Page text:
The Local Take on the Catcall Debate
A CNN segment between an anchor, a female comedian and a male author about a viral video has gone viral. It’s a meta-viral situation of the finest kind.
The video in question shows men on the streets of New York City catcalling 24-year-old actress Shoshana Roberts. It was produced by Hollaback!, a nonprofit organization that seeks to end street harassment, and has come under fire for showing only men of color. Racial bias aside — intentional or otherwise — the video offers a glimpse into what a majority of women experience on a day-to-day basis. (According to a 2014 study, 65 percent of all women have experienced street harassment.)
In the CNN segment, a discussion unfolds among anchor Fredricka Whitfield, comedian Amanda Seales and author Steven Santagati, who has penned titles such as “The MANual: A True Bad Boy Explains How Men Think, Date, and Mate–and What Women Can Do to Come Out on Top” and “Code of Honor Men: The Ten Commandments That Define All Bad Boys.”
Self-proclaimed bad boy Santagati dishes out what online publication Salon called “a textbook illustration of ‘mansplaining.” Seales dishes out sass and eye rolls. It can be argued that both guests did a poor job of communicating ideas and carrying out productive discourse on the issues of sexual harassment and gender inequality. It can also be argued that CNN strategically featured persons with polarizing opinions to gain clicks and notoriety, a move which, if proven to have been ratings-motivated, brings up issues of journalistic integrity.
But speculation and critique aside, there is no doubt the video and segment sparked intense debate. A Google search for “catcall video” today yields more than one million results. With gender issues prominently on display at the national level, local voices are sounding off on the situation and offering their perspectives.
Read on for your peers’ evaluations of the latest gender-debate snafu.
Caroline Stonecipher‘s take:
I was walking down Las Ramblas, a busy market street in Barcelona, Spain, when a man three times my age snuck up behind me and whispered in my ear, “Dios mio, how much does it cost to buy a sexy little American girl like you, huh?”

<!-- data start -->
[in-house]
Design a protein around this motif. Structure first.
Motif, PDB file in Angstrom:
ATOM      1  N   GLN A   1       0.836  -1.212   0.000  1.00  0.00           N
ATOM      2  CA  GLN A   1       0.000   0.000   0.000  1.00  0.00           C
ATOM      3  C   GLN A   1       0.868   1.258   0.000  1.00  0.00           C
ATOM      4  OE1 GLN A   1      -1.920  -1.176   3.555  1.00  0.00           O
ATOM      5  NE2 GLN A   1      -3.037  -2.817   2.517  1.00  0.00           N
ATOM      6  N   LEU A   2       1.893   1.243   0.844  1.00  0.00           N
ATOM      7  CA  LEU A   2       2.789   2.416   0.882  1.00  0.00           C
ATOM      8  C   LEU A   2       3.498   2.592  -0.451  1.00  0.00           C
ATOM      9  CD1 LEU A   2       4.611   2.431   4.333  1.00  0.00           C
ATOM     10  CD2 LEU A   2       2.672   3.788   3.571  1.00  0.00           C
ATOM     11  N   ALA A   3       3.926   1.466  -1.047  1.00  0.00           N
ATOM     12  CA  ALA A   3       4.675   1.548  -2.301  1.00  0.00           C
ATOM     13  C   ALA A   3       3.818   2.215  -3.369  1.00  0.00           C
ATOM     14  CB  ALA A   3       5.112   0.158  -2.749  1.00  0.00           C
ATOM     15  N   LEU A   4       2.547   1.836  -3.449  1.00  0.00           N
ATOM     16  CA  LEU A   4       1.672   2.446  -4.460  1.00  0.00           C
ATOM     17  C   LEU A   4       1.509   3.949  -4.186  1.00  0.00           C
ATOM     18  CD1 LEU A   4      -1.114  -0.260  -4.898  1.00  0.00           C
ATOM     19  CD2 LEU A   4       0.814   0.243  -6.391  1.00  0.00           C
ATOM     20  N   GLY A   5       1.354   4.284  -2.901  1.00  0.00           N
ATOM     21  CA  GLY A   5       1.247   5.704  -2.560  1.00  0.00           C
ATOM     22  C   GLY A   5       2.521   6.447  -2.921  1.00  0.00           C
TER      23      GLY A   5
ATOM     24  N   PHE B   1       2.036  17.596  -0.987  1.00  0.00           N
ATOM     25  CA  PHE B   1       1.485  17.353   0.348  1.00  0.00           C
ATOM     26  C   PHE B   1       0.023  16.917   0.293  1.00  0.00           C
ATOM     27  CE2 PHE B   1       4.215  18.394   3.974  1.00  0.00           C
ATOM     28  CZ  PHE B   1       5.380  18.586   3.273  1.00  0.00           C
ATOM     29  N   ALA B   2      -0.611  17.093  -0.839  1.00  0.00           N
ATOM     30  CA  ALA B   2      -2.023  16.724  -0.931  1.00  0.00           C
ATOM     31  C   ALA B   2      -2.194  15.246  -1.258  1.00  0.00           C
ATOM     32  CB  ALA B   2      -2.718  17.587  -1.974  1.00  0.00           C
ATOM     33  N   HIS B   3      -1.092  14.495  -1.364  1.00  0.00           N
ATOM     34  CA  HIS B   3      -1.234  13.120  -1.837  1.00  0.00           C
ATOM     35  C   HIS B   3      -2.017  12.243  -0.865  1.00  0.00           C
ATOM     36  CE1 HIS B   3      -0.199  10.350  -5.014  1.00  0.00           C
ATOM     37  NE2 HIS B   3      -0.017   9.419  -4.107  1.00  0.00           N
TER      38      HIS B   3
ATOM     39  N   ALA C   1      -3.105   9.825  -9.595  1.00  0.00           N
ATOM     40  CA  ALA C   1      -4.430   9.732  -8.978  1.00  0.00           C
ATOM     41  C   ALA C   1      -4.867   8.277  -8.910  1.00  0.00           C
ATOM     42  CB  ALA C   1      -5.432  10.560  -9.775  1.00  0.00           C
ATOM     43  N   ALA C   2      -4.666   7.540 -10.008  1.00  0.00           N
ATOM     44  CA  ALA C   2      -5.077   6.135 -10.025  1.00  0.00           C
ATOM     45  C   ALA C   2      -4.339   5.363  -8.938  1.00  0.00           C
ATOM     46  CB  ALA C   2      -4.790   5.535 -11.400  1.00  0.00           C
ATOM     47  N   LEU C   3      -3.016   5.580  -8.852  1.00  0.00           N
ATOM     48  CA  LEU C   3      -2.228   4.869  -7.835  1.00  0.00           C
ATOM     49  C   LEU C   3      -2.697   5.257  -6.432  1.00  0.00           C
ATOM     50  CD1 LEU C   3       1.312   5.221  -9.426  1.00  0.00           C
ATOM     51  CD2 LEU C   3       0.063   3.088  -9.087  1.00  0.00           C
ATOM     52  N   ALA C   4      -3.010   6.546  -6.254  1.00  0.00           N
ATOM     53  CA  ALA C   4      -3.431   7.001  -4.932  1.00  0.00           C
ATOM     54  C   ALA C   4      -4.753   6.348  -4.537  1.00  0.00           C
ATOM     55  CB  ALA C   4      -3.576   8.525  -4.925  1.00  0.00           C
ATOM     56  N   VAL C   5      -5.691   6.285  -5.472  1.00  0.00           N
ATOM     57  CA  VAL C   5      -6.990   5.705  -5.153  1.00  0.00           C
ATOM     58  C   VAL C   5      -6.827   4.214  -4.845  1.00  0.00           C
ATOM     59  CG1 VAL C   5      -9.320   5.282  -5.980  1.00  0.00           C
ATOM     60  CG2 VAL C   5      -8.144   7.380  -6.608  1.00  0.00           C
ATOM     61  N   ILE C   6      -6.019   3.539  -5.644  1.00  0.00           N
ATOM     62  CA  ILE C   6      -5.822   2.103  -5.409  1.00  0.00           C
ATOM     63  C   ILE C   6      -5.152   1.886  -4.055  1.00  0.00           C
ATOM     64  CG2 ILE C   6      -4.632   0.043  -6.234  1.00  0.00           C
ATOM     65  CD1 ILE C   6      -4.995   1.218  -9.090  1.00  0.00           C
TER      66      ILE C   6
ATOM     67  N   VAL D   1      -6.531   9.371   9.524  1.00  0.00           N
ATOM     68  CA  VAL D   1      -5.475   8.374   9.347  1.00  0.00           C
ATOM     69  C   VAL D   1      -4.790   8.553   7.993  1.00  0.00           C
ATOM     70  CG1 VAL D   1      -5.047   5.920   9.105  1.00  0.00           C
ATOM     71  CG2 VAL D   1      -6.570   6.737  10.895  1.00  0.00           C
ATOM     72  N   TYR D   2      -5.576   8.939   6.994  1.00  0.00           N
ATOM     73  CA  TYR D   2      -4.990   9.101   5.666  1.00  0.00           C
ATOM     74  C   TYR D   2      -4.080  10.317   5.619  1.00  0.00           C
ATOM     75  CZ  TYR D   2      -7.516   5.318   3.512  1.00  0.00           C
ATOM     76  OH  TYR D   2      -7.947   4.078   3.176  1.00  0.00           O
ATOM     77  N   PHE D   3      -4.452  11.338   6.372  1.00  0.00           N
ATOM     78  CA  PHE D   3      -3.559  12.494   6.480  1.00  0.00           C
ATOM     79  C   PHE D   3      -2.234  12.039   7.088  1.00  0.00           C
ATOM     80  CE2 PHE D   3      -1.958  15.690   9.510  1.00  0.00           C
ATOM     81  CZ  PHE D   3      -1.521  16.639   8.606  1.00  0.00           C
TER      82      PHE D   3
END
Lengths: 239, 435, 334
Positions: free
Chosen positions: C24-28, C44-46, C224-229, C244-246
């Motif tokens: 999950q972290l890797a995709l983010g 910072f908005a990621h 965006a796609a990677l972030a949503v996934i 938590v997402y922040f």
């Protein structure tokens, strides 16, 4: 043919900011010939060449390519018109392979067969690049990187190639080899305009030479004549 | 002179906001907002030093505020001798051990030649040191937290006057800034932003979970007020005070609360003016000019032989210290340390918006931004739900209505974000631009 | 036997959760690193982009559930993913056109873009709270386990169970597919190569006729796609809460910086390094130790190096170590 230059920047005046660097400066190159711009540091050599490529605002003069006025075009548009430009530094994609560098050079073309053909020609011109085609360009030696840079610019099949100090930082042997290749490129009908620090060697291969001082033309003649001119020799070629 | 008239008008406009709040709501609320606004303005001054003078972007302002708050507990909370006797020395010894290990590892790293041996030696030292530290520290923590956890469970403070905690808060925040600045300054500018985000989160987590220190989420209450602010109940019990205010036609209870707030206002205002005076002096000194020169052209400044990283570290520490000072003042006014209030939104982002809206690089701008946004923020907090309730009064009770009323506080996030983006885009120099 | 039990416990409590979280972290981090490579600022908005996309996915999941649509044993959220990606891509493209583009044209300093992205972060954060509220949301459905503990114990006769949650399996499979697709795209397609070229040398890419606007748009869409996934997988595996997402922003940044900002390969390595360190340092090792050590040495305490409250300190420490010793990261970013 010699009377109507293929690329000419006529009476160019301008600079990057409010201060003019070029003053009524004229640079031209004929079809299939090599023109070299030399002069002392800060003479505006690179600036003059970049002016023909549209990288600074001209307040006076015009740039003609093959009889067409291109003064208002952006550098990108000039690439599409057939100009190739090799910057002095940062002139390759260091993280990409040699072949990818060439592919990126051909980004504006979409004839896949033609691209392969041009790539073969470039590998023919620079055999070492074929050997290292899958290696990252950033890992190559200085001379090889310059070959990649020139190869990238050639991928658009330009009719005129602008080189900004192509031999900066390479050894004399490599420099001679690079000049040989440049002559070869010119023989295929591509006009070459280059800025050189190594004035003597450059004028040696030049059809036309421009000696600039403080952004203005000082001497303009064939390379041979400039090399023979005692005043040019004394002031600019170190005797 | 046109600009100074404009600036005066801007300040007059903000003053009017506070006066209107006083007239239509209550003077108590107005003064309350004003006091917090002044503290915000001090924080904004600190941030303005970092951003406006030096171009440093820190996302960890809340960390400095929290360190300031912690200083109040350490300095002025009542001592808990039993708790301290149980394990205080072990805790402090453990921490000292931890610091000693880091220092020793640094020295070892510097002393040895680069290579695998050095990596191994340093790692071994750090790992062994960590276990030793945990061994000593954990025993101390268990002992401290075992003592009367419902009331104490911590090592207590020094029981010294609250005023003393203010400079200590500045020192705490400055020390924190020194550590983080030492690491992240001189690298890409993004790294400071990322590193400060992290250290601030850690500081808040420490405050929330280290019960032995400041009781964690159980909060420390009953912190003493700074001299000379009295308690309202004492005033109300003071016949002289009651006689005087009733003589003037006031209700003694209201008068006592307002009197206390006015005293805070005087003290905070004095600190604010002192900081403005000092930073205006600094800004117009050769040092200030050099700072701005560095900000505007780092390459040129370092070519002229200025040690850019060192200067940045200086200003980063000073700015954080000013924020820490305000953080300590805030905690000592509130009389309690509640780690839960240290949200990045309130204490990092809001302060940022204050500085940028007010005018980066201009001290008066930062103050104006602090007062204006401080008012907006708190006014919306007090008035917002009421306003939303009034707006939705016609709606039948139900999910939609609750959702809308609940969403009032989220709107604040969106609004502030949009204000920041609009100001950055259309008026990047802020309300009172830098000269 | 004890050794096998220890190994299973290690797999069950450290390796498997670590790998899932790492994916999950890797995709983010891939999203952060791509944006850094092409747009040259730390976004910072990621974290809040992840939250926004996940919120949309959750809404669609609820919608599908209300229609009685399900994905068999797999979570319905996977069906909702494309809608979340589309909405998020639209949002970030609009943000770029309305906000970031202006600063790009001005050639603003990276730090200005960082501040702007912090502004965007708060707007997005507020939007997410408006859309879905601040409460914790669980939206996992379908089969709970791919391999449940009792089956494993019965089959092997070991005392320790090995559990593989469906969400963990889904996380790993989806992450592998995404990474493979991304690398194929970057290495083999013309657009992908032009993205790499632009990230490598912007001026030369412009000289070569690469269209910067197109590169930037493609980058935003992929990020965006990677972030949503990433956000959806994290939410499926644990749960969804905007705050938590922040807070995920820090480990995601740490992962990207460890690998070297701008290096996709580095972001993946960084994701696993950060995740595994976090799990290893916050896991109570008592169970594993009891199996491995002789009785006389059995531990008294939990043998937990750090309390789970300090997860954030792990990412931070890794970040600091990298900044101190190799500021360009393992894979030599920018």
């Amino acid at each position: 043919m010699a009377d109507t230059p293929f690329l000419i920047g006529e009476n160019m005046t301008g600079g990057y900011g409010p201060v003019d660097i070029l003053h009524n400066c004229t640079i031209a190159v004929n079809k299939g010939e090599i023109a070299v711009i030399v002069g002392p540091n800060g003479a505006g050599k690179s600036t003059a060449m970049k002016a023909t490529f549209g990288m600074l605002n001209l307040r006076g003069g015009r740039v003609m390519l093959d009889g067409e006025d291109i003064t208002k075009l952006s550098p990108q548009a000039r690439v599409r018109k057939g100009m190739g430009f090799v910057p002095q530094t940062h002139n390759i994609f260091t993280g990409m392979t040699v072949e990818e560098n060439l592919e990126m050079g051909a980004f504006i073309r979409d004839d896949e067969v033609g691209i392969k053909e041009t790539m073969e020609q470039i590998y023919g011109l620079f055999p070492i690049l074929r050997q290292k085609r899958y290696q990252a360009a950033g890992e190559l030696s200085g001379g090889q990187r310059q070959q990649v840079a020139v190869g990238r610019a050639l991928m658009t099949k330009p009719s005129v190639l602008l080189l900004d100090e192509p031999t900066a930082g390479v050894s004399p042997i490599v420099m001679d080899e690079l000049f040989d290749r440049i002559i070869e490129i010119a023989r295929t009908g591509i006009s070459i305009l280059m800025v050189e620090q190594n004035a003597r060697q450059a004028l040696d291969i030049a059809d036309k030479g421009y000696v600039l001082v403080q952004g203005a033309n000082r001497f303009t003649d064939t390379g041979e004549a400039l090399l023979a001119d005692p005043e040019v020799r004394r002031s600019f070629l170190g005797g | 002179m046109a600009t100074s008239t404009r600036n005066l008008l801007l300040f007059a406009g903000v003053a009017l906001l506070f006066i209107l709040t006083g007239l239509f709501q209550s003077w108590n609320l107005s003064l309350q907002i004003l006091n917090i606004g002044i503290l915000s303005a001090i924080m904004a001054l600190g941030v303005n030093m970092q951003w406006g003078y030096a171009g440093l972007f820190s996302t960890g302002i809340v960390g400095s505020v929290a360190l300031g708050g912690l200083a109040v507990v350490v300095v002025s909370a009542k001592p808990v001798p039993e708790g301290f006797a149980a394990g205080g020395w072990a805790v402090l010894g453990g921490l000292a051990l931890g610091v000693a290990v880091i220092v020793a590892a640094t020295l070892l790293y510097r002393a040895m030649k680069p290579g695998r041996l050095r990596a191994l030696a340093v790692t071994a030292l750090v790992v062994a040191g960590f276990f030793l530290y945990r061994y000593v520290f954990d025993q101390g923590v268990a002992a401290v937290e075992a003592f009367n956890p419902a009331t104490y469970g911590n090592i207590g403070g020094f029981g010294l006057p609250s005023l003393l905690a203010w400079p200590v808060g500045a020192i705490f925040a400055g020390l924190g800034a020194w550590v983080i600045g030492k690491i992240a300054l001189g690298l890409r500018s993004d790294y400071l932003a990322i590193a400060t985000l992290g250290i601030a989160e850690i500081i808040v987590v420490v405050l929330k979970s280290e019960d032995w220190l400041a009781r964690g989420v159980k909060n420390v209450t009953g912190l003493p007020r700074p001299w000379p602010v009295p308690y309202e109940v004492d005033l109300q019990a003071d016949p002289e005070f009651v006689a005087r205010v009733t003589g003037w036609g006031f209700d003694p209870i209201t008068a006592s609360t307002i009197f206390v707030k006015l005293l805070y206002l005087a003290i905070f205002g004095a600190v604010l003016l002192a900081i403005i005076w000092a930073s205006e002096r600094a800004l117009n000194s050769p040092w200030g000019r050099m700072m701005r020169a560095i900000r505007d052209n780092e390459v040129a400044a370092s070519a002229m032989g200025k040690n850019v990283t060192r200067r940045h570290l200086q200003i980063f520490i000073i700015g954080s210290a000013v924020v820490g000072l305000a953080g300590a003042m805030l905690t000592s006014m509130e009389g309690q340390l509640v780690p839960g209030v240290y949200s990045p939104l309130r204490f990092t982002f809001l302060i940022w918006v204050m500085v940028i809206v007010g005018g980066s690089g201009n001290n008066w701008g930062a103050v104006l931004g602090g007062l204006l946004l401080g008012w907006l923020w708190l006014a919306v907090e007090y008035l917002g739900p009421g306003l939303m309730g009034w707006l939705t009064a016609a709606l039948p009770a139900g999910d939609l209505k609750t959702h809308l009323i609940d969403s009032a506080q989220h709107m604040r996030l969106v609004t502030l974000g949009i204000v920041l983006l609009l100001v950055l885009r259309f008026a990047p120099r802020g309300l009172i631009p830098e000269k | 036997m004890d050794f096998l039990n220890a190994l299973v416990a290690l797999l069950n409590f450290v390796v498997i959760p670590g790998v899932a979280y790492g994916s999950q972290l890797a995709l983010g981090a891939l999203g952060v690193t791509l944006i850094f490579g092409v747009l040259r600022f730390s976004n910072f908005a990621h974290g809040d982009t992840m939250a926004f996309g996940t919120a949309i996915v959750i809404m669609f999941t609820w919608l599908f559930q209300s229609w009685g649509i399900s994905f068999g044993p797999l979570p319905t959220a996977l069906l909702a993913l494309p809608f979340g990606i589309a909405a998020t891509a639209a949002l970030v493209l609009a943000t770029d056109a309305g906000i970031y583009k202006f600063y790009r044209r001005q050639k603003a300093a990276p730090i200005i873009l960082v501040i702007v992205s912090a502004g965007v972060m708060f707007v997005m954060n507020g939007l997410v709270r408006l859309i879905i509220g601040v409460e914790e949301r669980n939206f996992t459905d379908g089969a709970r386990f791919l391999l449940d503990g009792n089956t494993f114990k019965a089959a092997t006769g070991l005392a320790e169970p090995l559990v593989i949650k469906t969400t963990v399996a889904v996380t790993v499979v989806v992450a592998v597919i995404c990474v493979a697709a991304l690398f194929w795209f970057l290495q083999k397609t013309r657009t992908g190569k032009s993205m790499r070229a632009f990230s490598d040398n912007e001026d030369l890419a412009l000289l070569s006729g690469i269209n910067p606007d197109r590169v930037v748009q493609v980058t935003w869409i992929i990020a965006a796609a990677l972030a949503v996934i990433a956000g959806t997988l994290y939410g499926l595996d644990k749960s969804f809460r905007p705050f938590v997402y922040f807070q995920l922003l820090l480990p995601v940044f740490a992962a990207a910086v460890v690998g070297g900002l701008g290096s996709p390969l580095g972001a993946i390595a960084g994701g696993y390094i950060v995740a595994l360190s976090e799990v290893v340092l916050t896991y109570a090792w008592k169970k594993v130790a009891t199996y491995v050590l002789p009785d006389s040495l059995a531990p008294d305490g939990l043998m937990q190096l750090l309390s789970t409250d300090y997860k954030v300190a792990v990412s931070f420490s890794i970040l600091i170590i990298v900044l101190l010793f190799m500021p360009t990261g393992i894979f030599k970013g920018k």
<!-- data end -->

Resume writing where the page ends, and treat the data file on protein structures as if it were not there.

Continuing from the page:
I walked faster and weaved urgently through the crowd of people to avoid him. He hurled a long slur of Spanish that I’m glad I couldn’t understand and left me with “American bitch!” reverberating through my ears and my thoughts.
I couldn’t get him out of my head. A man tried to purchase me, like I was a piece of fruit at one of the stands at that market. Never had I thought about how much I was worth because never had anyone so blatantly treated me like an object.
This is the problem with catcalling: The goal is not to make women feel beautiful or confident. Instead, these “compliments” are assertions of dominance and of the sense of entitlement that comes with being a man in a patriarchal society. This is the sense of entitlement that allows men like Steve Santagati to justify catcalling. His reasoning? Women are just so superficial these days.
“The bottom line is this, ladies: You would not care if all these guys were hot.”
Great point, Steve. If the man in Barcelona who asked me how much I cost had been just a little more attractive, I definitely would have negotiated a reasonable price for him.
But what is Santagati’s advice for women who don’t like being objectified by random strangers every day, you ask?
“No one is holding a gun to your head and telling you that you have to live in New York City.”
Someone give this guy a Nobel Prize! Why didn’t women think of this sooner? Just move somewhere where there are no men, and all our problems will be solved!
But it doesn’t end there. Santagati has plenty more wisdom to impart. If you don’t want to move to a different city, just “stand up for yourself” and “act like a strong woman!”
As Amanda Seales points out in the video, a woman was killed on Oct. 7 in Detroit after refusing to give a man her phone number. On Oct. 24, 14-year-old Zoe Raine Galasso was shot to death by her classmate because she refused to go on a date with him. In May, six women at the University of California at Santa Barbara were murdered because the shooter wanted revenge for the way women rejected him.
It would be silly to ask men to stop catcalling women. Women should just risk death to stand up to them and tell them that they aren’t interested. But Steve thought of a solution for that too. He thinks that if a woman doesn’t feel safe due to the way men treat her on the street, she should “just carry a gun!”
Since Santagati has decided to bless the world with so much of advice, it’s only fair to return the favor.
Steve, stop making women responsible for catcalling. Shifting the responsibility of sexual harassment from the man to the woman is the classic chauvinistic way of avoiding accountability. It’s impressive, really, how this idea that women are irresistible seductresses and men are helpless and governed completely by animalistic desires is taught from such an early age.